AIMS: Carrying the D-allele of the angiotensin-converting enzyme (ACE) I/D polymorphism and high ACE activity are prognostic factors in diabetic nephropathy, which predicts mortality in type 1 diabetes. We studied the association between the ACE D-allele and ACE phenotype and long-term all-cause mortality in three single-institution outpatient cohorts. METHODS: Genotype-based analyses were performed in 269 patients from Hillerød Hospital (HIH) (follow-up: 12 years) and in 439 patients with diabetic nephropathy and 437 patients with persistent normoalbuminuria from the Steno Diabetes Center (SDC) (follow-up: 9.5 years). Patients not on renin-angiotensin system (RAS)-blocking treatment were included in analyses of serum ACE activity (HIH: n = 208) and plasma ACE concentration (SDC: n=269). RESULTS: In the HIH cohort, carrying a D-allele was associated with excess mortality (hazard ratio (HR) = 4.0 (95% confidence interval (CI) 1.0-16)), but not in the SDC cohorts. At HIH, serum ACE activity was associated with excess mortality (HR=1.04 (95% CI 1.0-1.1 per unit increase)), but in the SDC cohort plasma ACE concentration was not. CONCLUSION: In unselected patients with type 1 diabetes, carrying the ACE D-allele and high spontaneous serum ACE activity were associated with 12-year excess mortality. These findings could not be reproduced in two other cohorts with persistent normoalbuminuria or diabetic nephropathy.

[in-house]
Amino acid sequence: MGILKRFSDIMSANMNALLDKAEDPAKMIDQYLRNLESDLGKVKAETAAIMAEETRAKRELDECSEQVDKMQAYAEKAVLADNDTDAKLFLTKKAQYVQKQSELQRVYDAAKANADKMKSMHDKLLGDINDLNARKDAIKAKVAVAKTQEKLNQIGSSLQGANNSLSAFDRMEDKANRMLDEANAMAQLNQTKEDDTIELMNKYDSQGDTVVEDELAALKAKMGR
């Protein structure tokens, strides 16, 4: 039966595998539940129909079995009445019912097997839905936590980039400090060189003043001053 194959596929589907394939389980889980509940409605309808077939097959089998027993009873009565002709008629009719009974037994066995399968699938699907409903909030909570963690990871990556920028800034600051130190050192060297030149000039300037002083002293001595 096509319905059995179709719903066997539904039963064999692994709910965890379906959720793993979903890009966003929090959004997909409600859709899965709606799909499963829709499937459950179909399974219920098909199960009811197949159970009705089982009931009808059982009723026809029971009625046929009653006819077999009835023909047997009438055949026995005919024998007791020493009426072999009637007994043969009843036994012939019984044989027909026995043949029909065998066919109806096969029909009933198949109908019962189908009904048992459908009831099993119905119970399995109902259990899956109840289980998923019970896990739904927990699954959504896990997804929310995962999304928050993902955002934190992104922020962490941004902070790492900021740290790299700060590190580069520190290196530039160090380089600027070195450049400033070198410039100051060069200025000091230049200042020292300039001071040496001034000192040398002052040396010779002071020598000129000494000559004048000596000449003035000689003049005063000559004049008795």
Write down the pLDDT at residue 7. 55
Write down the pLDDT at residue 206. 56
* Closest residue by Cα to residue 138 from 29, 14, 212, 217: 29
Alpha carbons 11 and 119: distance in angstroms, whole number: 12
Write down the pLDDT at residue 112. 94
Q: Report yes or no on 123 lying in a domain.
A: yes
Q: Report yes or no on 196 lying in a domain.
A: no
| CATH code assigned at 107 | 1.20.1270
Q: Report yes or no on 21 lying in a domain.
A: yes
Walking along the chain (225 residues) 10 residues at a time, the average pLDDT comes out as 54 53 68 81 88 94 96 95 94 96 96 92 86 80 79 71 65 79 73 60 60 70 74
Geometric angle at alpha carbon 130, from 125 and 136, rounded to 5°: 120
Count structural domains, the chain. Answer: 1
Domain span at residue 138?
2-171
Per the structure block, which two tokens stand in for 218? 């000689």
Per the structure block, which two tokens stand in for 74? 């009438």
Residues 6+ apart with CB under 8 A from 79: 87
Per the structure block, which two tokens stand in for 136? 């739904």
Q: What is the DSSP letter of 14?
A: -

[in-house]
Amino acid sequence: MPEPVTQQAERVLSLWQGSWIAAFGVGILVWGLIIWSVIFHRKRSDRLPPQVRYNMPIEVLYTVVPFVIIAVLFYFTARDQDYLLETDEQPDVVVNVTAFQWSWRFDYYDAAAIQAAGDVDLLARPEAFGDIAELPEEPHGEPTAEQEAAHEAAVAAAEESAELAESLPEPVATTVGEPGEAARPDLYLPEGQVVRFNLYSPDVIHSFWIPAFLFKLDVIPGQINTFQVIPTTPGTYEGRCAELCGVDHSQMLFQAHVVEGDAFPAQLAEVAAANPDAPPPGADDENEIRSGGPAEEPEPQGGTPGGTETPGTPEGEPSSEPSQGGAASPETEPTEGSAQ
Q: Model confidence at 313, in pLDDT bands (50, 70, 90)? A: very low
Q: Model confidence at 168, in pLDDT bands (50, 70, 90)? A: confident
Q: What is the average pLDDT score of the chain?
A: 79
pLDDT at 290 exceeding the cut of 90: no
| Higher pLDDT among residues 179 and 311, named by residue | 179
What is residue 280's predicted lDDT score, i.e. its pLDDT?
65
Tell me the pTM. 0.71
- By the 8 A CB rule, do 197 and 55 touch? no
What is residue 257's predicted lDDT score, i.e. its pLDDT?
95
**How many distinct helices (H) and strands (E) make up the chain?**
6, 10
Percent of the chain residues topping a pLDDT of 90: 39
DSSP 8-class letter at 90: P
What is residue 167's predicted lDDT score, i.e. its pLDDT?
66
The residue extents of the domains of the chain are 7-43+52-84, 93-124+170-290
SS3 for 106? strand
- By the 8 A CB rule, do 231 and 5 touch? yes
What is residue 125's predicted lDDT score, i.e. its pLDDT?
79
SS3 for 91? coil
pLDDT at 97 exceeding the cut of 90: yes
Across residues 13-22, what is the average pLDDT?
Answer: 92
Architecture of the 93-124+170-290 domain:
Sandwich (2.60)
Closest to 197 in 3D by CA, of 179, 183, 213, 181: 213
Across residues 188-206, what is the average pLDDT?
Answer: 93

Journal of the Renin-angiotensin-aldosterone System, 2015, Vol 16, Issue 2, p. 374-81